Banning begging is no way to help those in need With...


April 29, 2001

Banning begging is no way to help those in need

With little fanfare, a bill to restrict begging has been introduced in the City Council. The bill proposes to make it a crime, from dusk until dawn, for an individual to speak to another individual with a request for "an immediate donation of money or any other thing of value."

Would this provision, for example, prohibit a request for a smile or a prayer?

Baltimore faces serious problems: declining public revenues, thousands of people with addictions, 100,000 residents without health insurance. We lack thousands of units of affordable housing, causing many of our relatives and neighbors to sleep in abandoned cars or under bridges.

Local soup kitchens and food pantries are hard-pressed to meet the demand for their services. Health Care for the Homeless turns away dozens every day because our resources are inadequate to the need.

Last year, the Baltimore City Task Force on Homelessness proposed practical solutions. These include guaranteed access to shelter, enhanced outreach, day resource centers, additional affordable housing and employment opportunities.

Arresting people for begging was not included among these recommendations.

We are certain that the police have more pressing problems, as does the City Council. Let's work on solutions, not merely responses.

Jeff Singer


The writer is president and CEO of Health Care for the Homeless.

Movers and shakers can find funds to keep libraries open

To save $1.1 million in annual operating costs and $3.3 million in renovation costs, the Pratt Library system is considering closing several branches in some of Baltimore's neediest neighborhoods ("Underserved area ponders effect of Pratt closings," April 24).

Could somebody please remind me: How much did it cost to build the new stadiums for the Orioles and the Ravens?

Every time I enjoy a game in one of those stadiums, every time I drive by and look up at them, I appreciate that they are monuments to the fact that when the patrician class of this city wants to get something built and maintained, it can find the money somewhere, somehow.

In comparison, the amount of money the library needs is peanuts.

Obviously the wealthy folks in this city can get things done when they want to. Do the possible library closings inspire a sense of noblesse oblige in anybody?

Chris Roberts


Instead of spying on China, use funds to meet city's needs

William E. Burrows tried hard to convince readers that the Navy plane on Hainan Island was involved in reconnaissance, not espionage ("Before Navy aircrew's ordeal," April 15). The plane was clearly involved in electronic eavesdropping but, semantic arguments aside, more troublesome matters were ignored.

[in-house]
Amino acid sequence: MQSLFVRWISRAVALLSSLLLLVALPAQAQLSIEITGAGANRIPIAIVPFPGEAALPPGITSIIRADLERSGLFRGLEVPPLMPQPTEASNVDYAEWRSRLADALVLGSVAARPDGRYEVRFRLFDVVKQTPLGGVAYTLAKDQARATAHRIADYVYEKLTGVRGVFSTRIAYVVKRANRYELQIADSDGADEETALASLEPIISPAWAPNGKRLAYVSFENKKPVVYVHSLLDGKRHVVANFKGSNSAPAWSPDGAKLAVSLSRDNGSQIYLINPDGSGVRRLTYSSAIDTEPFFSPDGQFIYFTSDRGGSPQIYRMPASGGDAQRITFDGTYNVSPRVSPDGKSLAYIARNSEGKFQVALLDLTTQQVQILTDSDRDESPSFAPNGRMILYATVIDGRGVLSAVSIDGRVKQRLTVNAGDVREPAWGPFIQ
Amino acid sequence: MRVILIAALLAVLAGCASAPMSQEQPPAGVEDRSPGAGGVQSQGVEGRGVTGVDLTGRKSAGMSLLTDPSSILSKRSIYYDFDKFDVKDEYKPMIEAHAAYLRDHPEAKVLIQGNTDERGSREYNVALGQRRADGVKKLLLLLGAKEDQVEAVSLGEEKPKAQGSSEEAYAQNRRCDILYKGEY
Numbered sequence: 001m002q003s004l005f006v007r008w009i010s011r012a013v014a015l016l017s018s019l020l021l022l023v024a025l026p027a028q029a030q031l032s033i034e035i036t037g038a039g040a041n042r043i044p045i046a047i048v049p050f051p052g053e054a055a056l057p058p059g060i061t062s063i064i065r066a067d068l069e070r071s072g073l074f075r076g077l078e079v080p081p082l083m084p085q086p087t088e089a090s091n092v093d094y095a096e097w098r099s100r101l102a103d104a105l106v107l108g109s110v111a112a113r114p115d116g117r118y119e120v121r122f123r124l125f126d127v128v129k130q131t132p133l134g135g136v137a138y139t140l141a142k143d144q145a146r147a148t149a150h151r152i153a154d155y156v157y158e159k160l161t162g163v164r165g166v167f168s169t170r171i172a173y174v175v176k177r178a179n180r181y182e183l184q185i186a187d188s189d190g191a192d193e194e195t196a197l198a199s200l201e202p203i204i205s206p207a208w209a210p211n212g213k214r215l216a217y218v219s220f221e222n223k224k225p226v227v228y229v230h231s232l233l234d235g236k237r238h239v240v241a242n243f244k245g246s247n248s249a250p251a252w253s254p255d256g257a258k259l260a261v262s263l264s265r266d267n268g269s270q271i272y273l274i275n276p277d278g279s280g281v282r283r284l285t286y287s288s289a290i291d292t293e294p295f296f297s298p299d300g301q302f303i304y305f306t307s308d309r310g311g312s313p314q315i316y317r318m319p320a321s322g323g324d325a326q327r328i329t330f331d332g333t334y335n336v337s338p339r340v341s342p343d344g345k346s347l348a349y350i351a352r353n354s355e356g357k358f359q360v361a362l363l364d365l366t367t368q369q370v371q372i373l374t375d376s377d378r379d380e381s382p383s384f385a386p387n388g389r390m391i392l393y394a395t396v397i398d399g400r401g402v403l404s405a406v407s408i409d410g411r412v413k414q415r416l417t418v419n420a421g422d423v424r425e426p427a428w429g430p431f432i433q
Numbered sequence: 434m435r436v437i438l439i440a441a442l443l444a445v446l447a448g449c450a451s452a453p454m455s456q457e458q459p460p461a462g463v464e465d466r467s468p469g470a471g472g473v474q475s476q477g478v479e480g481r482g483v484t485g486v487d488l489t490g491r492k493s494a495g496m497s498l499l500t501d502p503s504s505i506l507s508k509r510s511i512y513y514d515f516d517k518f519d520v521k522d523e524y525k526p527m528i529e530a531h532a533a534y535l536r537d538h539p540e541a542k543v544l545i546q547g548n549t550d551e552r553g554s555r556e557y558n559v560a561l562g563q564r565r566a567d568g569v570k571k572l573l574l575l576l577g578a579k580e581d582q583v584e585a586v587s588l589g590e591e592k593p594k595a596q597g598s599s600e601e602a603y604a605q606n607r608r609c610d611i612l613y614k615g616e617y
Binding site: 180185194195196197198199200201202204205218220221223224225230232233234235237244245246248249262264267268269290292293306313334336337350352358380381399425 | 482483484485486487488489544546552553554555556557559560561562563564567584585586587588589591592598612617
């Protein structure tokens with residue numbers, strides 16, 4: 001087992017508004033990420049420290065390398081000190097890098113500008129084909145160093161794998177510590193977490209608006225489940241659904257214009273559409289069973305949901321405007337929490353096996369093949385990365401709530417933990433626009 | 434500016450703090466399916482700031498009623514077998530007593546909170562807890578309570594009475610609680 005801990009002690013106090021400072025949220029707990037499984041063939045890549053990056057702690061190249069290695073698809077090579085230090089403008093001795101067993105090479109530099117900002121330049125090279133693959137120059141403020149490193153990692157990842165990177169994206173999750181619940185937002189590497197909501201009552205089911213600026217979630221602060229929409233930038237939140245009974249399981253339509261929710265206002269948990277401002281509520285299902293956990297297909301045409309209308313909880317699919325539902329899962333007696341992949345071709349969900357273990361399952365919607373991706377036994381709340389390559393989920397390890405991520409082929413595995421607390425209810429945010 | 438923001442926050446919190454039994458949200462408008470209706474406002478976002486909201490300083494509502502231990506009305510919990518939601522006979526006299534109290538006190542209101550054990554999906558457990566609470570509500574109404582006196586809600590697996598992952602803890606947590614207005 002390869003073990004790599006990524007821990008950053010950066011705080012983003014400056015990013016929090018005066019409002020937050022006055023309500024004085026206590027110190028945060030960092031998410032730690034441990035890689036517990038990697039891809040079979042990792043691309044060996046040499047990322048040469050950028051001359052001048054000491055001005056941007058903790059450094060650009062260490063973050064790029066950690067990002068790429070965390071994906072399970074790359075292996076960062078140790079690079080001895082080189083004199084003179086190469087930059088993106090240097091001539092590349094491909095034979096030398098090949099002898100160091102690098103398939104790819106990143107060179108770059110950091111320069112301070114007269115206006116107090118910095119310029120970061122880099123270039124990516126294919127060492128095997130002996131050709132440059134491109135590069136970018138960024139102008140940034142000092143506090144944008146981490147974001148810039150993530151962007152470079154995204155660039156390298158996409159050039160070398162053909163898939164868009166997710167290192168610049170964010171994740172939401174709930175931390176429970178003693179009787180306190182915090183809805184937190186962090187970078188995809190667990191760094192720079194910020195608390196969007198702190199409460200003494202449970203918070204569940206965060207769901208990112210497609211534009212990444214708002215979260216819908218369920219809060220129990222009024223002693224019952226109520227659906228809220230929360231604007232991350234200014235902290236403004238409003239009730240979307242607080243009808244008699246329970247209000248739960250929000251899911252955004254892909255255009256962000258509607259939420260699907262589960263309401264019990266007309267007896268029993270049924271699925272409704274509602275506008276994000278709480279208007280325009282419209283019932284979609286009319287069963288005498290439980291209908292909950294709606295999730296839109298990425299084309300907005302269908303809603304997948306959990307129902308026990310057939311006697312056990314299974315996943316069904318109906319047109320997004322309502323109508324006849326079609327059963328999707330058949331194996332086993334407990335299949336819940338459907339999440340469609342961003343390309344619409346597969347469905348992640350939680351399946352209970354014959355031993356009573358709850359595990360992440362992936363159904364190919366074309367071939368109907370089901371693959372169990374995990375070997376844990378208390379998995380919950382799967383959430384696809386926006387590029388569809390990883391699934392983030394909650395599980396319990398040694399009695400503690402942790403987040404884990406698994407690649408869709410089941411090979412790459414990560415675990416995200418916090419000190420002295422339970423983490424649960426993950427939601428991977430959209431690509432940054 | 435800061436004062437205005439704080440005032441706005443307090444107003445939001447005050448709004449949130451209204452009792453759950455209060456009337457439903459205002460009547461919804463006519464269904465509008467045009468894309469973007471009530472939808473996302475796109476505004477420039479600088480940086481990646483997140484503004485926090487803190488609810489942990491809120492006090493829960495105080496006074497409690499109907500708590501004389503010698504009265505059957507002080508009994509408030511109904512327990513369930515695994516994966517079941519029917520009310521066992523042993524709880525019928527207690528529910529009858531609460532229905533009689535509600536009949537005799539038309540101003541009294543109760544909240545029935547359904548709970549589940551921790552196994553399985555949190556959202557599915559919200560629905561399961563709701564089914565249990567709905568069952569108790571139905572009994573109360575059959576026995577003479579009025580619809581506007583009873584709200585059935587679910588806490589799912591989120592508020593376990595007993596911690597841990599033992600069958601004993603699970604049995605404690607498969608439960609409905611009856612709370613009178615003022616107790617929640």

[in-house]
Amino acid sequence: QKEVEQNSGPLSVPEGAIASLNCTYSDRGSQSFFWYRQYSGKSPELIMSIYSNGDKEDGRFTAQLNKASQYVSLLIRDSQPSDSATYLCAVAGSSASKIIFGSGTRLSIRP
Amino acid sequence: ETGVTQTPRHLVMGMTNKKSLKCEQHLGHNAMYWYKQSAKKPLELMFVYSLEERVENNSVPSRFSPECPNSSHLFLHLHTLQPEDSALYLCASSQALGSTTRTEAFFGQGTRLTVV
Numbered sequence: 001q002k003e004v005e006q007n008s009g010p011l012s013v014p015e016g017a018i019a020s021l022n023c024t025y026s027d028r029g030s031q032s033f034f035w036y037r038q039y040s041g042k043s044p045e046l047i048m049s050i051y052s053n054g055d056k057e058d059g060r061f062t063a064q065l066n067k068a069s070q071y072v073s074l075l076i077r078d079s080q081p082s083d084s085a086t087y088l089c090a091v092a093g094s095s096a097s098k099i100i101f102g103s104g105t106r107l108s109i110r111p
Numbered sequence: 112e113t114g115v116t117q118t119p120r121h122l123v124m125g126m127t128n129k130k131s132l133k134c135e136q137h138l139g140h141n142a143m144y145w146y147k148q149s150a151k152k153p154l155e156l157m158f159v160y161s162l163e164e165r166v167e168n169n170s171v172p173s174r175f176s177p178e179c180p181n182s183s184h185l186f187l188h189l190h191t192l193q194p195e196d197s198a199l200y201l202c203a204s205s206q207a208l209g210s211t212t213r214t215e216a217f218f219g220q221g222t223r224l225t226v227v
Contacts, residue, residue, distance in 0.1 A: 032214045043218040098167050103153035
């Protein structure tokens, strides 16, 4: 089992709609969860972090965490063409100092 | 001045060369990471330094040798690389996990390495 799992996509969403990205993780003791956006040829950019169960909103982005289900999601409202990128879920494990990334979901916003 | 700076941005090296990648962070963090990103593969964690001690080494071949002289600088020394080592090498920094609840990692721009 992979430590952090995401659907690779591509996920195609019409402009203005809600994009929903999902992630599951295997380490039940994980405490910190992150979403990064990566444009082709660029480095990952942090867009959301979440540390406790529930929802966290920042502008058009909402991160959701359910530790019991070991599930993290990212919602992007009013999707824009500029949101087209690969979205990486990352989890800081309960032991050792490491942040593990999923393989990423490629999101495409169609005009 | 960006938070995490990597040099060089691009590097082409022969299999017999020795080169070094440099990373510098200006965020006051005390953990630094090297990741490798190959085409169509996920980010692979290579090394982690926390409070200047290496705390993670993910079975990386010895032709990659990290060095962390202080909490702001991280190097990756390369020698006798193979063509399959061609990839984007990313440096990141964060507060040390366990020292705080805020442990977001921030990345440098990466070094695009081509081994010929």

According to the Center for Defense Information, U.S. military spending totaled $324.8 billion in fiscal year 2000, or more than 50 percent of the federal discretionary budget, while the Chinese military spent $39.5 million in 1999.

The Chinese military remains a gnat to the Pentagon elephant. Since China does not pose a threat, why not close down that airborne espionage program?

Let us really provide for the national defense by using that money in Baltimore to enlarge the recycling program, expand drug treatment, keep libraries open, provide adequate food and shelter to the needy and rebuild the school system.

Max Obuszewski


Why not just allow Mississippi to secede?

Mississippians voted 2-1 to retain their stars-and-bars state flag, proving again the United States really should allow Mississippi to secede ("Flag to retain Confederate emblem," March 18).

If we do let Mississippi go, the only question left for those neo-Confederate die-hards will be: Since South Africa has renounced apartheid, what other country on earth will accept the Magnolia State?

Grenville B. Whitman


Federal estate tax is wrong and unfair

In the editorial "Estate-tax repeal would be unwise move" (April 21), the liberal-left editors of The Sun as usual missed the point of repealing estate taxes. The estate tax is wrong. It is unfair.

Government has no right to confiscate a large or even small fraction of my estate, which has already been taxed ad nauseam.

I grew up in a one-parent family in Highlandtown. We had no money. My dental work was done by students at the University of Maryland because we could not afford to pay a dentist. My sister and I did without presents many a Christmas.

I put myself through college by working to pay my bills, and I worked hard all my life to build an estate that I could pass on to my kids and grandchildren. But The Sun suggests I am rich and undeserving to keep what I earned for my family.

The Sun should wake up and think about what's right.

Bob Marshner


We should be happy to aid private schools that aid us all

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